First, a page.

I liked the film’s straight-faced goofy B-movie conception of New York-based contract killers as a chummy clubhouse society with codes of conduct, secret doorways, and where everybody knows each other’s name. They even use the same shady industrial waste company to quietly clean up the bodies. That’s a dryly funny detail. So is the hotel that seems to cater exclusively to their kind. They all know what's coming. Before the action kicks in, Nyqvist asks Leguizamo whom his son has wronged. At the sound of the words “John Wick,” his face falls as he quietly prepares for the shoot-‘em-up he can see forming before his very eyes. Stahelski and crew deliver on that promise, Derek Kolstad’s uncomplicatedly effectual screenplay providing a variety of contexts for proof of John Wick’s deadly competence. It’s a modest, effective, action flick that hits the right buttons. Its style is simple digital photography, slick but unadorned, catching every well-choreographed kick and shot. Its every action hits with impact. It knows what it wants to do and does what it does well.

Thursday, October 23, 2014

Gone Girl: WHITE BIRD IN A BLIZZARD


There was something wrong with Kat’s mother. She cried at strange times. She behaved awkwardly around guests. And one day, when Kat came home from school, her mother was napping in her daughter’s bedroom, all dressed up in gown, heels, and pearls. But Kat was busy finding love with the neighbor boy and hanging out with her friends. They didn’t have time to dwell on such peculiarities. Then, just as Kat was coming into her own, exploring more mature facets of herself as she prepared for graduation and adulthood, her mother disappeared. Now she and her father go about their routines dazed, the case growing cold as life moves on.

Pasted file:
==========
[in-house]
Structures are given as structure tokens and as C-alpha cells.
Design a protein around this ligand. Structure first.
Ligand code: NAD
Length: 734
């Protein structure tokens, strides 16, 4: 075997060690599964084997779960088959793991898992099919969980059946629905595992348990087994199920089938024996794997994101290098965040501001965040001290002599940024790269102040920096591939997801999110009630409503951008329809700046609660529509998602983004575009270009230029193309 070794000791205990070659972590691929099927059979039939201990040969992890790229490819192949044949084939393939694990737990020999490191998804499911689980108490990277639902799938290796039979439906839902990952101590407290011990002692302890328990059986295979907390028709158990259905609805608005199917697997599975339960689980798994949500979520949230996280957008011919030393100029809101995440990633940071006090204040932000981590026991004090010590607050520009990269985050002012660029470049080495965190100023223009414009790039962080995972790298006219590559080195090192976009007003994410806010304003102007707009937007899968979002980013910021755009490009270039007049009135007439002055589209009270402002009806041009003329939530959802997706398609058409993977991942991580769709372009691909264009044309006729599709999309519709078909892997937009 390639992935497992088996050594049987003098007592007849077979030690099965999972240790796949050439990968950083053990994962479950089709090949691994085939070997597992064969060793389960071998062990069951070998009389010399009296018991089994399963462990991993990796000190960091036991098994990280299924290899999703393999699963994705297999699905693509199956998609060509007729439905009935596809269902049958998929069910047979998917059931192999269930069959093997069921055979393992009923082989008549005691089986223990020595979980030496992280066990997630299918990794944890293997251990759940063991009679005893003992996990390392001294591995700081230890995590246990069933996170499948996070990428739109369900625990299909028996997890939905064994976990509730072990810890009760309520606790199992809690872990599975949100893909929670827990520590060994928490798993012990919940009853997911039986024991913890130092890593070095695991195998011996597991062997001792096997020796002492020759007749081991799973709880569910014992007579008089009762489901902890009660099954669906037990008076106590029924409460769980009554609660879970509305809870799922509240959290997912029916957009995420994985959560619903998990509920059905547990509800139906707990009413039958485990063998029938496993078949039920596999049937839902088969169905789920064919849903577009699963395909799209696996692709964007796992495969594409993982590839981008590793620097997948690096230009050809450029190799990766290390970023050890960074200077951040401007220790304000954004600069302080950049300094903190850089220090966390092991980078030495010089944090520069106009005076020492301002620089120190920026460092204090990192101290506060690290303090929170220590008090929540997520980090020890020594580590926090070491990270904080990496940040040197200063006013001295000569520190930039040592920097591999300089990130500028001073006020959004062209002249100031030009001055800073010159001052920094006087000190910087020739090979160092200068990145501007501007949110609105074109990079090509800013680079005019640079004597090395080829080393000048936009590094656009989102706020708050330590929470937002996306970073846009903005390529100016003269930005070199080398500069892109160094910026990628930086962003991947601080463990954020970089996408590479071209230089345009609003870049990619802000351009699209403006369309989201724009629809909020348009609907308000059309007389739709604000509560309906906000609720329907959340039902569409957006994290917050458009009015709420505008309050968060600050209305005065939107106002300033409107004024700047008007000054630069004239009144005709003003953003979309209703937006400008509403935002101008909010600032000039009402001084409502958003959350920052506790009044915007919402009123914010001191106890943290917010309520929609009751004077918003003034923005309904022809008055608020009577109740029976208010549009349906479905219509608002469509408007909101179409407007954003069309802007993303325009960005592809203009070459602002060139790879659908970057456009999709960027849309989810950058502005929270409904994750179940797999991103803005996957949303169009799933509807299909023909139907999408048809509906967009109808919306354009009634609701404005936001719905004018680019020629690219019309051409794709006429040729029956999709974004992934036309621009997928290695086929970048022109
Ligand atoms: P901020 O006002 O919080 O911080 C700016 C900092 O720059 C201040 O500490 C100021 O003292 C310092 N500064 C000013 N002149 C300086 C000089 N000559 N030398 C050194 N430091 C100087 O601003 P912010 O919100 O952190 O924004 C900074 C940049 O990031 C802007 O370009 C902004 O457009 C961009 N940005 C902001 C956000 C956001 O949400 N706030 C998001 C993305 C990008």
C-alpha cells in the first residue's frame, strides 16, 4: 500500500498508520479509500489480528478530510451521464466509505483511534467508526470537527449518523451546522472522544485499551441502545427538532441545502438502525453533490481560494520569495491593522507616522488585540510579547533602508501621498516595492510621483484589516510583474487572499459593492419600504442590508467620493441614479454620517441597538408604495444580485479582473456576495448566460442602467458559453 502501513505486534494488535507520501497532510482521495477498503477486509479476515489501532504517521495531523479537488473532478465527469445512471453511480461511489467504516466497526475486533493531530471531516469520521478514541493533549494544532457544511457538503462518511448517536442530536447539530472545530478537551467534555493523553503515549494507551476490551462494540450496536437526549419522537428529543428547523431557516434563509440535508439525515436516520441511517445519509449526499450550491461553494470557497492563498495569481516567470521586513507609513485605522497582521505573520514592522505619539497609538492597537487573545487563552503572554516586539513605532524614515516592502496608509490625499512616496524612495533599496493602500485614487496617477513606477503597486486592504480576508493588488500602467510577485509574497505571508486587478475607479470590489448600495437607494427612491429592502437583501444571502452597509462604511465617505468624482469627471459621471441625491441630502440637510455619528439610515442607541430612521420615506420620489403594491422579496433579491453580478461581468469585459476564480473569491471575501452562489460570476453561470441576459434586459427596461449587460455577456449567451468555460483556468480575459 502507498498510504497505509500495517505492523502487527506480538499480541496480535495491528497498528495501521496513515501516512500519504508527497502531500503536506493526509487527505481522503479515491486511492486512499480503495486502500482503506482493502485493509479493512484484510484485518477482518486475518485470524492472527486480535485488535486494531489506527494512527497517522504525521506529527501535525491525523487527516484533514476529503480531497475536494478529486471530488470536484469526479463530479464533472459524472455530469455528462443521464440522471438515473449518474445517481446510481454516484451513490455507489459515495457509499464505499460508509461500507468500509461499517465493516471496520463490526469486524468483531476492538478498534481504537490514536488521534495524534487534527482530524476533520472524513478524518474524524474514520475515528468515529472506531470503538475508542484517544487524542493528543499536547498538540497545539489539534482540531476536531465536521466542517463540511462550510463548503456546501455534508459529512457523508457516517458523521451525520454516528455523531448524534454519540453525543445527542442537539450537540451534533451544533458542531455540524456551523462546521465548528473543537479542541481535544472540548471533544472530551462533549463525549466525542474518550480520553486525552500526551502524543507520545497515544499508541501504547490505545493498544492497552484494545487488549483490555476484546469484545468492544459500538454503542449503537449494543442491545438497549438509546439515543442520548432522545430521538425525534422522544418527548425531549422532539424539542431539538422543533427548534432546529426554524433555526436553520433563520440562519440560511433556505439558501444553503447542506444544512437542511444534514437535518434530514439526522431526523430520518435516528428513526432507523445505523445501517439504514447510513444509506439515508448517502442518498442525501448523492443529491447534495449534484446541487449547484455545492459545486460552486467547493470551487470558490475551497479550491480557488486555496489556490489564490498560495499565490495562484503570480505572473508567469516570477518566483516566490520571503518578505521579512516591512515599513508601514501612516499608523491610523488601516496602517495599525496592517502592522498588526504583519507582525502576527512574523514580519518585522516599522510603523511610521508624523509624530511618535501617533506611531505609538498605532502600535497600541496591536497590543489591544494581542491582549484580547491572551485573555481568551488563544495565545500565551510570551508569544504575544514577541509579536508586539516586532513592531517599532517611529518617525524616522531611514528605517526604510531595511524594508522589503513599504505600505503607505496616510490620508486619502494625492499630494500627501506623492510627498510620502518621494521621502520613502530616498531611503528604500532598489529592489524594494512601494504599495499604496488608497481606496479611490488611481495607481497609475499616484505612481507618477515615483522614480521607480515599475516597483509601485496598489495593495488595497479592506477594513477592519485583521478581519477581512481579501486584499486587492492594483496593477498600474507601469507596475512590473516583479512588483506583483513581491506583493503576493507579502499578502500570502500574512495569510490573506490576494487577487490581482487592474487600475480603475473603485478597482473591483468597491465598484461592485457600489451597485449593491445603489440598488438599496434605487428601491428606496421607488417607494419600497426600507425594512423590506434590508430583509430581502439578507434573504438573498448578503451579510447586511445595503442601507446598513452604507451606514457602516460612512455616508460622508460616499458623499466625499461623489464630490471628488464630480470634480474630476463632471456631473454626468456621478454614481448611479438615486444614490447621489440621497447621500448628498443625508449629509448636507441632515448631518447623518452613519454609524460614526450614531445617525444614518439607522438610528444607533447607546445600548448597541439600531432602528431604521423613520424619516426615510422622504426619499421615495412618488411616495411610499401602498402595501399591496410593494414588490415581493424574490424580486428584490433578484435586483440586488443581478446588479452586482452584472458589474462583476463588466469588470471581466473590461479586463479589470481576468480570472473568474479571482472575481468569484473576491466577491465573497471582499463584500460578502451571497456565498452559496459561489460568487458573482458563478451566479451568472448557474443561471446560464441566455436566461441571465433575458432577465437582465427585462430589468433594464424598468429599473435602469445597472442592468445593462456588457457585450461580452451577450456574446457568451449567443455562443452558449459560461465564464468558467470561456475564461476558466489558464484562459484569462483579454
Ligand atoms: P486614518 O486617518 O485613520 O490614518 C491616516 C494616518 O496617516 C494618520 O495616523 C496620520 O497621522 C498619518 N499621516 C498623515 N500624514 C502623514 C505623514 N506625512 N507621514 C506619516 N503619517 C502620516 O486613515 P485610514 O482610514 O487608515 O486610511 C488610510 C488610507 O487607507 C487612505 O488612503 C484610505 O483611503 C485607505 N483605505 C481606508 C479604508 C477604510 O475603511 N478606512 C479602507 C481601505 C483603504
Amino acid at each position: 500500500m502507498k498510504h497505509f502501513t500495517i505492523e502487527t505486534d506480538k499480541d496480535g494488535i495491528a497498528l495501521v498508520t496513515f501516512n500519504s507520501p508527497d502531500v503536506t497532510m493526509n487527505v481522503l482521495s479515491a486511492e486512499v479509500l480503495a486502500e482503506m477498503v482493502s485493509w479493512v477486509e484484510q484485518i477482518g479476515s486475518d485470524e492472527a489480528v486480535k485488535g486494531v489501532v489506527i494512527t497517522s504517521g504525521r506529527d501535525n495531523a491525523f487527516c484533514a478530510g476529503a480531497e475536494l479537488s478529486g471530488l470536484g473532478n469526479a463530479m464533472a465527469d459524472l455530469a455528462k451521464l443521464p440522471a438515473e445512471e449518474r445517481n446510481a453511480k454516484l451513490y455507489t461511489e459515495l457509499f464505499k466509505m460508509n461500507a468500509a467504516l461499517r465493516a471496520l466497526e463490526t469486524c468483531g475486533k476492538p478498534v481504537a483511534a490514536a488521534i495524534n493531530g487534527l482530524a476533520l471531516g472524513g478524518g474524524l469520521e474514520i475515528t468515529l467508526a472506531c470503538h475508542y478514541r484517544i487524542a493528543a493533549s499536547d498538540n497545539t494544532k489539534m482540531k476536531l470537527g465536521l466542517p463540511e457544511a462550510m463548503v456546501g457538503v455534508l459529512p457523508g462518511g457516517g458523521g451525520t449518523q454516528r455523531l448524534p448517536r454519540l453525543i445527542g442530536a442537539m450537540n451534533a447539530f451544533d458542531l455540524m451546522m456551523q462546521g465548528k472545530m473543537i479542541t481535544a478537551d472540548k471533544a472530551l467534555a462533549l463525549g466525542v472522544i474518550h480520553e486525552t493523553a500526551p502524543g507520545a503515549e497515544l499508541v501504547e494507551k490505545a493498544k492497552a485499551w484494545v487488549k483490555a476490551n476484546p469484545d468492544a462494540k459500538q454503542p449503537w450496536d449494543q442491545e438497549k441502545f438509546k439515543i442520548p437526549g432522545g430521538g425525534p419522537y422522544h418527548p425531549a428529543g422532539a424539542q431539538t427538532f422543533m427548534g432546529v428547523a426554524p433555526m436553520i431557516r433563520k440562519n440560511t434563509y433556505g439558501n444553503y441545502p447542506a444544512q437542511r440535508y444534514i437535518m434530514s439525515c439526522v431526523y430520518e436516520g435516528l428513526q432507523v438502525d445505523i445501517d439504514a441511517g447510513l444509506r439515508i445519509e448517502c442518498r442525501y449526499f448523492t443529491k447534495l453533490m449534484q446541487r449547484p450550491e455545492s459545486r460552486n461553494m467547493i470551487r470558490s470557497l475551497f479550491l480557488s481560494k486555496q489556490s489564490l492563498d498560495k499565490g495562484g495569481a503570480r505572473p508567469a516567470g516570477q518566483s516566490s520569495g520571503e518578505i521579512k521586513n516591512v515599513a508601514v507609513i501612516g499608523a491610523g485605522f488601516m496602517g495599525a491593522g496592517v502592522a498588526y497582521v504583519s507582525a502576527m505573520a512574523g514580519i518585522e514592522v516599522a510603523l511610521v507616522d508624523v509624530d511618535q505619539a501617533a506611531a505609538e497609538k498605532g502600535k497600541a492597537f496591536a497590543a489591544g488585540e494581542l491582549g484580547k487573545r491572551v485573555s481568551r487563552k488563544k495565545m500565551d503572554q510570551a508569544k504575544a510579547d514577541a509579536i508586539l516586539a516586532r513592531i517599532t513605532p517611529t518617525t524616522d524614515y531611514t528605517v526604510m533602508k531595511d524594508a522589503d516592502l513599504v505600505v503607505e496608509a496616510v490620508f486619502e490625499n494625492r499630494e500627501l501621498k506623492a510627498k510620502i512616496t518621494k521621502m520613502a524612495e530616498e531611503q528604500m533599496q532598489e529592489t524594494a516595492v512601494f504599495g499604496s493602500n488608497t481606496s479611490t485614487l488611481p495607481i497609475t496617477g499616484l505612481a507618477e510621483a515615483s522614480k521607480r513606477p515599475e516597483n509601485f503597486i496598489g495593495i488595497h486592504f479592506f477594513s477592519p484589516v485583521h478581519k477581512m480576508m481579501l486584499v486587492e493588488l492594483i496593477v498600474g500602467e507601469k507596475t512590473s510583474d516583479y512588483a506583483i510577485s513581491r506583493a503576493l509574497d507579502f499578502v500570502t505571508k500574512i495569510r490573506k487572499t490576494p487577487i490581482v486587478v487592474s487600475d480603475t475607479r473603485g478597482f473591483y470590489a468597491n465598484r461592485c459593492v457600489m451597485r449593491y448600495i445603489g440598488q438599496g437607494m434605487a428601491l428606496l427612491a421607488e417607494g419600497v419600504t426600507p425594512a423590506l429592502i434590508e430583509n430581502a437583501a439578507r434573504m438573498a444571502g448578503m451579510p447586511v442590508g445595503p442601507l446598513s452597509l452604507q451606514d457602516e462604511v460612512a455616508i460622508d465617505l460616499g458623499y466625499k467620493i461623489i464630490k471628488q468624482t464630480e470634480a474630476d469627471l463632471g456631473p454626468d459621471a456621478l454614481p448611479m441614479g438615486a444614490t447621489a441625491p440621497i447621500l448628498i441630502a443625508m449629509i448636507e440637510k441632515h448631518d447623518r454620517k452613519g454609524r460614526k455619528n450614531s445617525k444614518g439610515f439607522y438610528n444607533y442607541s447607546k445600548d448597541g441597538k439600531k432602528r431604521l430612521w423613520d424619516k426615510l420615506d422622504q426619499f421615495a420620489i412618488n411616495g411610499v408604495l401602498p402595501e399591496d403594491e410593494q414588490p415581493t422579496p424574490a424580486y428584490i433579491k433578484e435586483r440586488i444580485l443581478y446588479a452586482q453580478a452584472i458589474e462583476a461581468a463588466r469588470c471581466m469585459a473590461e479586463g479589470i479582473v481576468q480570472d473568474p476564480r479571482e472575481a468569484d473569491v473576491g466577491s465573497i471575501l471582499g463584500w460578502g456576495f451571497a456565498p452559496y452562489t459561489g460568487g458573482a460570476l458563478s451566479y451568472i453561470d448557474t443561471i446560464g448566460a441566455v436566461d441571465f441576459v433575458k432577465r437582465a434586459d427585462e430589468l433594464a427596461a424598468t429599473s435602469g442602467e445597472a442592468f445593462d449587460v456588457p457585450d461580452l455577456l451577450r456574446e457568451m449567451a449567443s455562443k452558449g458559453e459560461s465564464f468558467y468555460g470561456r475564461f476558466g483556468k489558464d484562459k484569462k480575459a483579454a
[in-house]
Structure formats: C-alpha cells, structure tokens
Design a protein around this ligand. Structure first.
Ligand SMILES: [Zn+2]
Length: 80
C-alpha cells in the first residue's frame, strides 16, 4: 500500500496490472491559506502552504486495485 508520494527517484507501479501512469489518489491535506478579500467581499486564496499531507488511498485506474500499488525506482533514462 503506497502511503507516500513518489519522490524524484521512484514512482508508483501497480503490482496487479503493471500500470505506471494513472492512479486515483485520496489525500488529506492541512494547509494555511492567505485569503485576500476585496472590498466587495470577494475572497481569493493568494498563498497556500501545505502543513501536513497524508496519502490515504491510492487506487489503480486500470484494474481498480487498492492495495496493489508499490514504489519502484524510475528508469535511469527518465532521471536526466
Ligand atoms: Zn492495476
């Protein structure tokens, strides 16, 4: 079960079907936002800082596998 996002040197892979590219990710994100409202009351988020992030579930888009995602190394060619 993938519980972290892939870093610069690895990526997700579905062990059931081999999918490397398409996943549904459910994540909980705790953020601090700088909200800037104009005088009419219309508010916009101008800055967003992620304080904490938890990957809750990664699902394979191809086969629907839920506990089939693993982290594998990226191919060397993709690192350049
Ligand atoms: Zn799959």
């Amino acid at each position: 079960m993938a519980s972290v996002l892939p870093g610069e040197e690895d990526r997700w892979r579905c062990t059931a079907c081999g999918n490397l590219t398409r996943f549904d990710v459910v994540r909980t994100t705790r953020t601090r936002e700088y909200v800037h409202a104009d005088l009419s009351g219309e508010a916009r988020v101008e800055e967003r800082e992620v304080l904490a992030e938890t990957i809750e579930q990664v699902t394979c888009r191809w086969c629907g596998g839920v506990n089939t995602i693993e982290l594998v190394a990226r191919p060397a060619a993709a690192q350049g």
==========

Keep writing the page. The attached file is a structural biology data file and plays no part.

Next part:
The mother’s absence informs the rest of White Bird in a Blizzard. Based on the novel by Laura Kasischke, it’s the latest film from writer-director Gregg Araki, whose work narrows in on emotional displacement in a variety of contexts. His work as an early-90’s indie provocateur has, over the course of his career, been distilled into pure moody energy with his prankish spirit tamed but present. He’s been able to mellow his mischievous impulses into mannered, languid considerations of people who are unmoored, searching for answers about who they are and where they’re going. In the last decade, he’s given us a thoughtful, empathetic child abuse survivor drama (Mysterious Skin), a hilariously spacey pothead comedy (Smiley Face), and a raucous paranormal pre-apocalyptic college sex farce (Kaboom). Talk about range.

In White Bird in a Blizzard, the least of his recent features but interesting all the same, Shailene Woodley stars as a girl who is jolted by her mother (Eva Green) simply vanishing without a trace. She finds her boyfriend (Shiloh Fernandez) pulling away, her dad (Christopher Meloni) putting on a brave face, her best friends (Gabourey Sidibe and Mark Indelicato) ready to talk, a psychiatrist (Angela Bassett) lending a compassionate ear, and a detective (Thomas Jane) investigating the disappearance and creepily flirting with her, too. Woodley moves through her relationships with an open body language that betrays her confidence-covered insecurities quick to appear when she’s pained. It’s another of her fine-tuned emotional teen roles (after The Descendents, The Spectacular Now, and The Fault in Our Stars), and here, in perhaps her most vulnerable performance, she finds a similar core of strength and determination to make the best of a bad situation.

As Kat moves on with her life, Araki threads flashbacks of her mother’s eccentricities into the aftermath of the sudden void. She was loving, sometimes distant, excitable, but prone to melancholy. Green’s performance is wild-eyed scene-chewing, dominating even in its absence. But the absence becomes normalized, just another thing to deal with in a busy teen life, like the haunting dreams of Kat’s mother emerging from a snow storm that repeat with ominous regularity. Araki gives the film, past and present alike, a hazy mood in a locked down camera and cinematographer Sandra Valde-Hansen's near-Sirkian color palate. It’s a period piece – 1988, to be exact – but, though it gets details right, it feels closer to sickly 50’s melodrama, the kind where the rot’s showing through the surface shine. Something is not right here, a dangling unsolved mystery. The initial shock has worn off, but the pain remains.